Thursday, April 25, 2013

Ostrich Syndrome

You know, sticking your head in the sand. Like an ostrich.

I think we all do this to an extent. Ignoring a problem or a situation or really just having a complete lack of inertia. (The object in motion kind. J)

As a compulsive planner, perfectionist, and experienced project manager my nature is to want to have control of everything. To leave no stone unturned. To have a contingency plan for all situations. To know what’s going on in every corner of my empire.

And I hate surprises!!!

So when I catch myself kind of ignoring something or inclined to wait, I sometimes have a mini panic attack.

As well documented on the pages of this blog, patience is a virtue I aspire to have someday. Impatience does come in handy in my previous line of work, but maybe it’s better expressed as a sense of urgency.

On the other hand, it’s impossible to do everything. Something has to give. Prioritization must take place. I had a great leader one time who maintained an official “don’t do” list to make sure the entire organization knew what projects not to spend their time on.

So when I’m having that attack over what’s not done … I try to breathe and step back and figure out if the task at hand should be on my “don’t do” list.

I’m still sure I’m ignoring something important.

With my mind going a bajillion miles an hour in a bajillion different directions, some things just need to ruminate there in the back for a while. Until the inevitable eureka moment. So am I pretending to be an ostrich? Procrastinating? Or am I just thinking things through.


This is probably the pot calling the kettle black, but I do see people ignoring the obvious and refusing to face reality A LOT. With health. With finances. With relationships. With God’s plan for their life. Some situations are black and white. Some are seriously gray. There’s not an easy or obvious answer for everything, but – good grief – dealing with it would be an awesome idea … have that conversation, explore some options, take one small positive action, ask for help, pray …

I often pray about when to act and when to wait on some of the crazy ideas that pop into my head. Well not all of them are crazy. Sometimes God / the Holy Spirit tells you to move, so you just move. The more in tune with God that I am, the less I have my head in the sand and the more I’m just waiting or acting on his timing.

I think I may still be detoxing a little from my previous busy corporate life, but I’m learning to feel less guilty about taking time to read, pray, think, and just be. And let God do his thing.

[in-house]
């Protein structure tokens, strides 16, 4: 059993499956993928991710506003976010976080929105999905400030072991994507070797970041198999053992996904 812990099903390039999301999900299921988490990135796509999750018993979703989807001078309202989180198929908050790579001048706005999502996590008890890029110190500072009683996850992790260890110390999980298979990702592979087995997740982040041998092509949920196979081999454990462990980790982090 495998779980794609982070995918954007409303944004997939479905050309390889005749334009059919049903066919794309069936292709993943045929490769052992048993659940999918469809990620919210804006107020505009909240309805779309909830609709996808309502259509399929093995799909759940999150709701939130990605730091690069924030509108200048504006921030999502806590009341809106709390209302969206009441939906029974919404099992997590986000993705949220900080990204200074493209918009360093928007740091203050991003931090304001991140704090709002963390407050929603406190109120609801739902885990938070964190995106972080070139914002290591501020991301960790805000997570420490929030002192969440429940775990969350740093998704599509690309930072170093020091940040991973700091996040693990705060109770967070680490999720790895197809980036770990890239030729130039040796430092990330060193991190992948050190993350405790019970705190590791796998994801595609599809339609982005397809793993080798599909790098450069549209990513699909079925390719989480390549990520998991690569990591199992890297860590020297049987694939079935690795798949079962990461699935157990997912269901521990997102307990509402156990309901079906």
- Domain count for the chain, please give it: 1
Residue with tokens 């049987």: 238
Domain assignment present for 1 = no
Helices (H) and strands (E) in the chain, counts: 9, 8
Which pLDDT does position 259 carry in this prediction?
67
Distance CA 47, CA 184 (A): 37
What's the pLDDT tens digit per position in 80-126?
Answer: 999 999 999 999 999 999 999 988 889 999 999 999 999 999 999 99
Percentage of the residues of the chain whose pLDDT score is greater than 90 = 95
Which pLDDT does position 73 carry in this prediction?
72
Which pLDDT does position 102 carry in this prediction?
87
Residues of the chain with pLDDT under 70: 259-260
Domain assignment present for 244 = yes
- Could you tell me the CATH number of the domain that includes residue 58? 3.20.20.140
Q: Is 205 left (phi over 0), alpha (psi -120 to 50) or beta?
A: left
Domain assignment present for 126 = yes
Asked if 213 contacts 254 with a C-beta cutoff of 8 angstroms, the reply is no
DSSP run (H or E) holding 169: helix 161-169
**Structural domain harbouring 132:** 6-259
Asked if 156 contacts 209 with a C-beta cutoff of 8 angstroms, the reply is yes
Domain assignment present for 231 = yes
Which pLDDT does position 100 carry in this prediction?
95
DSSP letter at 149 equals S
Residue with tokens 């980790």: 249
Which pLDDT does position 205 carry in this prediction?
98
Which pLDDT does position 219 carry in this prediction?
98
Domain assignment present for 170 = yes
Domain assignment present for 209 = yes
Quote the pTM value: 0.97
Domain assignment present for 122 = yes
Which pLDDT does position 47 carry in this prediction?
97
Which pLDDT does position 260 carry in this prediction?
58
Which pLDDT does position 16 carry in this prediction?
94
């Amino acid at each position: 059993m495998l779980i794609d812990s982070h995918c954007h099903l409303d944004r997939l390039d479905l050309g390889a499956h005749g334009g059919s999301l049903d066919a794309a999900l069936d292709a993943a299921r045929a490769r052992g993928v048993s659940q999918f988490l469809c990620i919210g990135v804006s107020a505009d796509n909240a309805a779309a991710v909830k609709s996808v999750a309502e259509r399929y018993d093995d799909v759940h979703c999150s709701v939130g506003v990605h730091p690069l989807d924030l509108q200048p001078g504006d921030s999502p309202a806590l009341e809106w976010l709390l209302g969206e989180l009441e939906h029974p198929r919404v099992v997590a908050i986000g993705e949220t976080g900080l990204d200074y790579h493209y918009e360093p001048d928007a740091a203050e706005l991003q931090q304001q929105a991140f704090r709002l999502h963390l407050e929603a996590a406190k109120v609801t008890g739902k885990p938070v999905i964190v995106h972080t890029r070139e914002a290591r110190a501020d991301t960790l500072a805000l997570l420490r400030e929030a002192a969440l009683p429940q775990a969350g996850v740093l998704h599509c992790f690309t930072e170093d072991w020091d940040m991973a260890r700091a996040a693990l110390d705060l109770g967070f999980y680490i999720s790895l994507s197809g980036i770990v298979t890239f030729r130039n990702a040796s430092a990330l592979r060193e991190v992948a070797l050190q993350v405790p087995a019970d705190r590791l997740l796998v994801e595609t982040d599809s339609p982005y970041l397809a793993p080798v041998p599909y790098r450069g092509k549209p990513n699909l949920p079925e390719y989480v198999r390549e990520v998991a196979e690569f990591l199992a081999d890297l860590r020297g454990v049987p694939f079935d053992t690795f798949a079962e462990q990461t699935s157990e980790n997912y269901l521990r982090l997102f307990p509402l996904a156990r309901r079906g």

Ha! Time to think was something I always craved. I found it ironic that as one who allegedly was paid to think and solve problems … and told to be innovative … I really never had much time to think.

So here’s to keeping our heads out of the sand, walking in step with God, not dismissing his leading, and taking some action.

Be blessed, my friends. J

Thursday, April 18, 2013


I’m reading Hebrews 11 and listening to Switchfoot today. Draw your own conclusions.

Someone reminded me the other day that Hebrews 11 is known as the “Faith Chapter”. By faith this, by faith that. Example after example of people who stepped out on faith and took action. Some who were considered nutjobs by those around them (hello, Noah), some who laughed but still said “ok, you’re God, go for it” (Sarah), but all who saw God’s promises to them fulfilled, either in this life in some way or via future generations. People who kept the faith no matter what. Here’s a little from The Message:
13-16 Each one of these people of faith died not yet having in hand what was promised, but still believing. How did they do it? They saw it way off in the distance, waved their greeting, and accepted the fact that they were transients in this world. People who live this way make it plain that they are looking for their true home. If they were homesick for the old country, they could have gone back any time they wanted. But they were after a far better country than that—heaven country. You can see why God is so proud of them, and has a City waiting for them.

Hmmm. Seems like faith and hope are kind of tied together. It’s easier to have faith when you have hope & vice versa anyway.

This week our country is hurting over two separate incidents. The terrorist attack at the Boston Marathon. I don’t know, I’ve got nothing … other than we live in a fallen world where evil prevails at times. I’ve read the book, though, and we win in the end. J

The explosion at the fertilizer plant in Texas that leveled much of a small town in an instant. Just when we were all still reeling and trying to make sense of Boston while carrying on and moving forward. I do have some insight on that world because I used to live in it.

Btw shout out to Jenny Simmons … I was about to go to bed when I saw her tweets about something bad happening in the Waco area. I had to go searching for it … some of the news outlets hadn’t even picked it up yet.

OK true confessions time. Some of you are aware, but I haven’t always been a free spirit blogger and promoter of health and wellness. After being a good little girl, getting good grades, and earning a couple engineering degrees … I went to work for a “major chemical company”. Basically I designed and built chemical plants … worked on big upgrades to existing plants … and specialized in the automation of said plants. I spent a lot of time on the Gulf Coast – Texas and Louisiana.

I have designed my share of “safety instrumented systems” … i.e. the emergency shutdown systems that put a plant into a safe state if things start to go awry. Someone asked me once if that was stressful or if it scared me. The question took me by surprise. “Of course not, someone’s got to do it, might as well be me.” I do tend to be somewhat fearless, but it seriously had never occurred to me to be scared of being the one to design something to keep a chemical plant from blowing up.